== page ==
It was to be two years before I went to BAP and was given the Not Suitable for Training for Ordained Ministry, so that disappointment was in the future.

    This was a huge time of hope, engagement, and spiritual formation and nourishment in my parish and through a hugely supportive spiritual director. I had to face myself, warts and all, and submit my whole life to close scrutiny, including my divorce, many years before, and my spouse had to open up her story to be aired in the Faculty process.

    I also found time to attend a 10 week Pastoral Care course in that first year, to equip me for work that I was going to be doing in the parish. This was rewarding, as it was the first time that I had actually studied the biblical basis for Pastoral Care, which I had exercised for a number of years (all of my career) when leading others, and latterly as a Battalion Welfare and Families Officer, which opened my eyes to the human frailty and fragility of personal relationships, in a very mobile working environment - long absences impacting on family life, frequent moves between homes, schools and countries, and spouses returning from operational tours, immensely affected by their experiences - and helping families to cope with changed circumstances.

    Putting all of that into perspective, took time, energy, heart ache and pain, but was an opportunity for forgiveness of others and of self, because carrying baggage into ministry, with out some sort of reconciliation with it, isn't healthy.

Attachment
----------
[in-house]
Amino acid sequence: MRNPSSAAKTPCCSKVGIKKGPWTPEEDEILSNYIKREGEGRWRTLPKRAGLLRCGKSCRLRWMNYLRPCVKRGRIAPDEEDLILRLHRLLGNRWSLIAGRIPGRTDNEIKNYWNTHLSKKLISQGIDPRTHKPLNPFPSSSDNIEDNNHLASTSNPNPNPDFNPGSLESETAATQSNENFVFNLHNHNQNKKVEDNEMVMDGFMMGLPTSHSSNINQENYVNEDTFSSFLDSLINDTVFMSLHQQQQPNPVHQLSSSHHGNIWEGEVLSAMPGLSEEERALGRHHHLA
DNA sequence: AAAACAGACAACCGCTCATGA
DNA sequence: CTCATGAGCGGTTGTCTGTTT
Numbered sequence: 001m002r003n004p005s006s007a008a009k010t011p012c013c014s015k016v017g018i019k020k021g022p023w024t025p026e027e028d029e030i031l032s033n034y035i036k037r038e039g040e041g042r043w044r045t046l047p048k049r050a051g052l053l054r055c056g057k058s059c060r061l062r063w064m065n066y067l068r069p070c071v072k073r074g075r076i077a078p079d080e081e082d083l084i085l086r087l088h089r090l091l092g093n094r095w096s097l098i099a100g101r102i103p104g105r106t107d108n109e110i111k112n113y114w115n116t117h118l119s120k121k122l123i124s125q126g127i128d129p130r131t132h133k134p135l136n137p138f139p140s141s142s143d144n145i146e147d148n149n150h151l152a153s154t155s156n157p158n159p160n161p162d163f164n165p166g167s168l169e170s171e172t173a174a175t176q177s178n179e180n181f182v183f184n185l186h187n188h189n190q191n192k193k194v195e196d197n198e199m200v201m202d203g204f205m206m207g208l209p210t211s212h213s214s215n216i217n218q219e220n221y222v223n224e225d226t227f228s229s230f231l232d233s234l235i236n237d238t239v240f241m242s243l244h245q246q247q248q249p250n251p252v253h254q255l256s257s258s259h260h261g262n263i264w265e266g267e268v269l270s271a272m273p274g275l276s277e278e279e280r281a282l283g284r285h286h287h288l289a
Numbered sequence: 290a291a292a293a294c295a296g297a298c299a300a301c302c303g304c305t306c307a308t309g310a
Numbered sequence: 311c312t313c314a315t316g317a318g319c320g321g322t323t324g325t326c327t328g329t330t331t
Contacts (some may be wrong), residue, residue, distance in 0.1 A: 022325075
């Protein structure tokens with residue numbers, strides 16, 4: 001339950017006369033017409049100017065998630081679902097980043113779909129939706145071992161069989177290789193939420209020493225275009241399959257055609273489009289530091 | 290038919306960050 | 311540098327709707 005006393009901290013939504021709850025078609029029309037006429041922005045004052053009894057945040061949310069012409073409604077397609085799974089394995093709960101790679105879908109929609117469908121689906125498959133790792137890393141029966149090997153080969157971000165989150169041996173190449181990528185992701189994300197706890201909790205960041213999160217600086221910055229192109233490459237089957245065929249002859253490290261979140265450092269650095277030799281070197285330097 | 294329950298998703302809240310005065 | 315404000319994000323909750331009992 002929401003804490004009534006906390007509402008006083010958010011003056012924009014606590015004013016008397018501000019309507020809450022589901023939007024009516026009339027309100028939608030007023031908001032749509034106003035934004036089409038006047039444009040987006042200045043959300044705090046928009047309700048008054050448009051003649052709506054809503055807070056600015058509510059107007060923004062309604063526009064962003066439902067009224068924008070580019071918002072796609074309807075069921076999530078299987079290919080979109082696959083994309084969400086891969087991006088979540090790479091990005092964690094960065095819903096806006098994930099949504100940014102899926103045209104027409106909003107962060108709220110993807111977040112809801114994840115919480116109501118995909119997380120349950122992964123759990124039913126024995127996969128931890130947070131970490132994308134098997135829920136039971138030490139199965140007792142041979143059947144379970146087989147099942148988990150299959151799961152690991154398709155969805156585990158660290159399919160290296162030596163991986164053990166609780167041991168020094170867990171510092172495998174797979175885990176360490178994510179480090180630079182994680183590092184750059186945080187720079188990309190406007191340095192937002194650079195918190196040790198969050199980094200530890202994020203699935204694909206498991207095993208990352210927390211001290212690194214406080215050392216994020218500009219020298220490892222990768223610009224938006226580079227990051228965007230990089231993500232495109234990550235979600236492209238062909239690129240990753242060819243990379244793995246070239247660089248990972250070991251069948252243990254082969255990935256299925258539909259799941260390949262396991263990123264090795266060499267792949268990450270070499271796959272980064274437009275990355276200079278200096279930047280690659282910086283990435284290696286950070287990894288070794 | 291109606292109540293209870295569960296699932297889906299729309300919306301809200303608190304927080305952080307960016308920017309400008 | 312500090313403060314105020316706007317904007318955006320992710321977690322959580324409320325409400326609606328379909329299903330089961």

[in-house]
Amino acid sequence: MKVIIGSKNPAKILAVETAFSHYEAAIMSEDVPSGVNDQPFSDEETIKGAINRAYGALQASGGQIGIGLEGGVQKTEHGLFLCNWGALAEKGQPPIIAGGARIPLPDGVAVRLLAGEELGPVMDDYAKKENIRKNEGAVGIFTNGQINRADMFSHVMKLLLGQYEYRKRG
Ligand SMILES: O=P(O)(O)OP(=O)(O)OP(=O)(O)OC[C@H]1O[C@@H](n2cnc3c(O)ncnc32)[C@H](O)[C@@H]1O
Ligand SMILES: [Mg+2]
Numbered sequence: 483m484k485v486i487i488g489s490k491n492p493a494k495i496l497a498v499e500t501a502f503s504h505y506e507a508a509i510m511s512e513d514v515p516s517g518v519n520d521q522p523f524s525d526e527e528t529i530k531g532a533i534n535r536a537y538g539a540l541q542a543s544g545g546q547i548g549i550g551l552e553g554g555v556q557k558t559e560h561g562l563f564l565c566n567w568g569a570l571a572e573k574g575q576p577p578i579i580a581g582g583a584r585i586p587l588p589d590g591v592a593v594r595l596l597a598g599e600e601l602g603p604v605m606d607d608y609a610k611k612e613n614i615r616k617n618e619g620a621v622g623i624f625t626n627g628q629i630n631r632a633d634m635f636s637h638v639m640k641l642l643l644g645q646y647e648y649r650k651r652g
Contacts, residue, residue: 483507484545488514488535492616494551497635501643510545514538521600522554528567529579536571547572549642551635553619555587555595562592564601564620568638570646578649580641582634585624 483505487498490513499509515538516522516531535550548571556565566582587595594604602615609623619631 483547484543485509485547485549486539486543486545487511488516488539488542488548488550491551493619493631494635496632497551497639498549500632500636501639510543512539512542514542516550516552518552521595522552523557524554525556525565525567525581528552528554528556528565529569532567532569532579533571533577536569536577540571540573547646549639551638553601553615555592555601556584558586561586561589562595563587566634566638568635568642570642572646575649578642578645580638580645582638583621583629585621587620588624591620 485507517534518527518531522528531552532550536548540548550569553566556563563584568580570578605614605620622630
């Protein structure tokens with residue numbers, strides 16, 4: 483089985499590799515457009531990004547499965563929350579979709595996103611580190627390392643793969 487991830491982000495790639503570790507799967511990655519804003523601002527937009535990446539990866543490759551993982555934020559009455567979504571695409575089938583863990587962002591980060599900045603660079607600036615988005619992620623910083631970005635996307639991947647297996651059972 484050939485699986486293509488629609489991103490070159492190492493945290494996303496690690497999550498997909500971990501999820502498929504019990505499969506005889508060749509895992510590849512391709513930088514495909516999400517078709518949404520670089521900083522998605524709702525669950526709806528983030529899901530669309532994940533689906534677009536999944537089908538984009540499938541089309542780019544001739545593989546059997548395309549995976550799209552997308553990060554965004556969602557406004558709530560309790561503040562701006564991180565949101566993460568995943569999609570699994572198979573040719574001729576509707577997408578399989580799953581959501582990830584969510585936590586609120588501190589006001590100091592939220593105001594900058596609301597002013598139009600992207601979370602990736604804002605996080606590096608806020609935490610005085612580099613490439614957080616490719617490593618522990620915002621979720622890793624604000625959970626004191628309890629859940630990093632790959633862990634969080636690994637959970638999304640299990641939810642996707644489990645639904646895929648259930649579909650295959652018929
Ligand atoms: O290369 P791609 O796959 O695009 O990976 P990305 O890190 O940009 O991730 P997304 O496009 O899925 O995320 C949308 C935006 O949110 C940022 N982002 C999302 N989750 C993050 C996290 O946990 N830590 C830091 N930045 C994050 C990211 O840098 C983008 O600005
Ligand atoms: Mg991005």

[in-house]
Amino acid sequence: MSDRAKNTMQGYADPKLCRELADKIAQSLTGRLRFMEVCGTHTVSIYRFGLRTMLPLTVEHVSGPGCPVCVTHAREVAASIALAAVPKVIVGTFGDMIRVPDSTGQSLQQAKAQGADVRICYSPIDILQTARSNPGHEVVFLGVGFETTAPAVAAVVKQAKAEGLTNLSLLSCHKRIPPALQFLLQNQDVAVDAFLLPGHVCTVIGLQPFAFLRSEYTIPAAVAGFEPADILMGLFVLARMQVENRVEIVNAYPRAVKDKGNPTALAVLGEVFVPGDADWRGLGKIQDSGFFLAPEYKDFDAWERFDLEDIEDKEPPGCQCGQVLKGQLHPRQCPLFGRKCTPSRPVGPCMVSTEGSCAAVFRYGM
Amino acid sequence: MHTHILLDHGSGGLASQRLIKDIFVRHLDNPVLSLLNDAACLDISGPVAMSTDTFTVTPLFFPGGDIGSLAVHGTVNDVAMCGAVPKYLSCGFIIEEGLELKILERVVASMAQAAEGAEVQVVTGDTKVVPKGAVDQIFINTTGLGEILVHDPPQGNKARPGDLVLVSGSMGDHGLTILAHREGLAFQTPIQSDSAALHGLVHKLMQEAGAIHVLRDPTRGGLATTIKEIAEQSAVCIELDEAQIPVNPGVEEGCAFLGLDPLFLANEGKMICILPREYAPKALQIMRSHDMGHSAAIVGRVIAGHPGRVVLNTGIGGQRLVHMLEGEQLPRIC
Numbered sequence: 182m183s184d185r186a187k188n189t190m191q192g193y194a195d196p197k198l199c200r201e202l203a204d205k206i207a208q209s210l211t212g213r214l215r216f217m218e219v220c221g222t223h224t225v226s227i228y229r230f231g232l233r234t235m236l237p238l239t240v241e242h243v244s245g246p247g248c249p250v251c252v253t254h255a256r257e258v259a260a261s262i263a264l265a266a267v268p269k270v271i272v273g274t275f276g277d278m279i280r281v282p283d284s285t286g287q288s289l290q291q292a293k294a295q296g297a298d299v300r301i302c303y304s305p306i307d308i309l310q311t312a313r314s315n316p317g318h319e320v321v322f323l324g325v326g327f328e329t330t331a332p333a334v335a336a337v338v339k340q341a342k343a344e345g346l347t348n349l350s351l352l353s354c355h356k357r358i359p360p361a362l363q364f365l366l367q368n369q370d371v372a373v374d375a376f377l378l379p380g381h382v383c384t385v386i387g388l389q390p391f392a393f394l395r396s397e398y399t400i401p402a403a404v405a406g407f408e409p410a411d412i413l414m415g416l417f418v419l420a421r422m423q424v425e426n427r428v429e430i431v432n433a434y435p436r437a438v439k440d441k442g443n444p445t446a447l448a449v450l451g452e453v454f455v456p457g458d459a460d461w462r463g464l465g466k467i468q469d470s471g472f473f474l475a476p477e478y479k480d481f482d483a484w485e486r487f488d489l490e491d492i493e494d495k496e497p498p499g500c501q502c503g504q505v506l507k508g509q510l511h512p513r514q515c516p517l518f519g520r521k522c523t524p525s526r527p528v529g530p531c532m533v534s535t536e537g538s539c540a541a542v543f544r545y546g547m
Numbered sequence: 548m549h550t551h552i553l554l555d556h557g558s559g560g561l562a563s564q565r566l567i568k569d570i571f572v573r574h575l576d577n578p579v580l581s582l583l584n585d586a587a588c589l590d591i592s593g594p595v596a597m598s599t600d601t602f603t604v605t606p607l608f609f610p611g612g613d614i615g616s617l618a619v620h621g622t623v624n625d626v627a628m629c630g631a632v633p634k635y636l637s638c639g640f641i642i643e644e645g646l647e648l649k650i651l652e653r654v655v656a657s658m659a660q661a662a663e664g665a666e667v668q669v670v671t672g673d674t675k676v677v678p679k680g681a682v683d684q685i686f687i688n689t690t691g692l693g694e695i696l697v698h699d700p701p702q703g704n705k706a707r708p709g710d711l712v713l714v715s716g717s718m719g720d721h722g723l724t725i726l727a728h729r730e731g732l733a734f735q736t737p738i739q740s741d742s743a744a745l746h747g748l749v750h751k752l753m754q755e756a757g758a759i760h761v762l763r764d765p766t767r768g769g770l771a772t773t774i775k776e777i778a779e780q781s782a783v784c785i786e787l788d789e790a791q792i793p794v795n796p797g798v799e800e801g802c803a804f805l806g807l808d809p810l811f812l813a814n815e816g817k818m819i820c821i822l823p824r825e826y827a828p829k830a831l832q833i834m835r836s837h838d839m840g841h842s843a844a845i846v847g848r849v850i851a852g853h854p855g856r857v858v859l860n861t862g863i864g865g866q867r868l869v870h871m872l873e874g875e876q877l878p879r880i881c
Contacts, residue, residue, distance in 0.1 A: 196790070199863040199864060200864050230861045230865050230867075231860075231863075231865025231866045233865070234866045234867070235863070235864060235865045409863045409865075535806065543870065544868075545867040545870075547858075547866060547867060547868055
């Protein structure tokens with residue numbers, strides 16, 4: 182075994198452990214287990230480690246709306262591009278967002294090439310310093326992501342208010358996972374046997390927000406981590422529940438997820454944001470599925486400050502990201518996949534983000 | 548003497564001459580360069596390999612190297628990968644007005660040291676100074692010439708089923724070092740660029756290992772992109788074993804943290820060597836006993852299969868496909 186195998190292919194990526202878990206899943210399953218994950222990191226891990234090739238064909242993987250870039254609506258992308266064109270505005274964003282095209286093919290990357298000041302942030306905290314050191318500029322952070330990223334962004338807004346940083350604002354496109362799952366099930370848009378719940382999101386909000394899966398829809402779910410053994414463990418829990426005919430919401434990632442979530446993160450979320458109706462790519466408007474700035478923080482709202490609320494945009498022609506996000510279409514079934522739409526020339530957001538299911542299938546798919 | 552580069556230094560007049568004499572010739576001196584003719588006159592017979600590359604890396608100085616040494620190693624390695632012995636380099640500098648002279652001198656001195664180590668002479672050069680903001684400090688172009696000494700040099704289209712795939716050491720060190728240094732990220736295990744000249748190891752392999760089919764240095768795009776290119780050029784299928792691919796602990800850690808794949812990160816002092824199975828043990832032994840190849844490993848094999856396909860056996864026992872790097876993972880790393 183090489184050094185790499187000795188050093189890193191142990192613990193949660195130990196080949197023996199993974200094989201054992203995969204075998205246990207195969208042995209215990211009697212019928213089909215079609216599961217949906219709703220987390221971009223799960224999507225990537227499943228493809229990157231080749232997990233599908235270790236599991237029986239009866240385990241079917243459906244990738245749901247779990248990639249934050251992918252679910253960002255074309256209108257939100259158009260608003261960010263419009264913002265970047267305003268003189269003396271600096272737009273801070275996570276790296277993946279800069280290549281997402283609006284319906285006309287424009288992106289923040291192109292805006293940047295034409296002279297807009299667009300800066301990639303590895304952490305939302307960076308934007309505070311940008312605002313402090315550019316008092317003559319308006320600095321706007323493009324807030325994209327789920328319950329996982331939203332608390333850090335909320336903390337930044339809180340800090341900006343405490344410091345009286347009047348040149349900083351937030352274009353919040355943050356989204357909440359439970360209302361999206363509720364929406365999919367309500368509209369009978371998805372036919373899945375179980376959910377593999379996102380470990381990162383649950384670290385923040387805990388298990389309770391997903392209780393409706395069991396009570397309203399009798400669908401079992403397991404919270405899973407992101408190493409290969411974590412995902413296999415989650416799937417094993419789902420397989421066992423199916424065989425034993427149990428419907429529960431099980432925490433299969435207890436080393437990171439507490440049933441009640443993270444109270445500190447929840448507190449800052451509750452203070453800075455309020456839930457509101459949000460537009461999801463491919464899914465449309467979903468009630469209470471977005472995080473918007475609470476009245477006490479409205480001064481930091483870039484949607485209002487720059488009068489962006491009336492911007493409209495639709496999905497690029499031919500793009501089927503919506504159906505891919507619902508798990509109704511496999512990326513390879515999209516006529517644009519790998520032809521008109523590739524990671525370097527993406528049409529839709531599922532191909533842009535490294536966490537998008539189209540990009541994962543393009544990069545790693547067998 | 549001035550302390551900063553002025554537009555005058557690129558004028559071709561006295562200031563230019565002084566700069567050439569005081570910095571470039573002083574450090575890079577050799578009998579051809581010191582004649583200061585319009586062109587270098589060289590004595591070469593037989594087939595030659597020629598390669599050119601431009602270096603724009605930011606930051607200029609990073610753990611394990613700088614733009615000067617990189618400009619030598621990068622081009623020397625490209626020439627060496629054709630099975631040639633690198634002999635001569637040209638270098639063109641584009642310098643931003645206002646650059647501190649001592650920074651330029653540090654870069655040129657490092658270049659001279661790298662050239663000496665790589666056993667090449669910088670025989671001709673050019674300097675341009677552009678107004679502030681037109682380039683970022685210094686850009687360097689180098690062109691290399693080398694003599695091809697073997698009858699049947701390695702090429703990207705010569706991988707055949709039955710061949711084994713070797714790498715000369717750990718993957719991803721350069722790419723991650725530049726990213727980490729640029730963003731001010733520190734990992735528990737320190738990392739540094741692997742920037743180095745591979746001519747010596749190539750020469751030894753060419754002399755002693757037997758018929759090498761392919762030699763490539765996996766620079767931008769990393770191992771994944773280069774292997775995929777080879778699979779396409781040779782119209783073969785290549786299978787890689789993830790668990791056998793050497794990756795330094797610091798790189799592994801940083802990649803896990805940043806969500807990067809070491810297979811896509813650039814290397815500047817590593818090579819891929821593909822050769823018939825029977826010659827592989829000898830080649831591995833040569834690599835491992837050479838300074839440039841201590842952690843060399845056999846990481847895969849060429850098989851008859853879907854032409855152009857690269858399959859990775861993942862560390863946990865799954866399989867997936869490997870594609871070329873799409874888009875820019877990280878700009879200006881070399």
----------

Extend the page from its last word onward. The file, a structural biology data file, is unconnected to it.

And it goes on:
Our lives changed. We didn't move house, just cultures. From the fairly enclosed culture of the Armed Forces family, to a wider world, where people thought differently from me, and whose experiences were also different. I couldn't really bear to share things that I had seen and done on operations, while needing to allow them to be shared with at least my SD. Healing was part of the process.

    Now, 7 years later, I'm about to commence the third year of LLM training, and will be licensed next May in the Cathedral. The journey isn't over, as in our Diocese, opportunities for LLM are intentionally wider than the parish - to the Deanery and further afield. I wait with baited breath for what Bishop James might have in store for me.

  2. Thank you for this. It's good to share stories and insights about using retirement creatively and wisely. Entering the 3rd age feels as vocationally significant as beginning a life's work in ordained ministry 40 years ago. I think it calls for the same kind of spiritual discernment.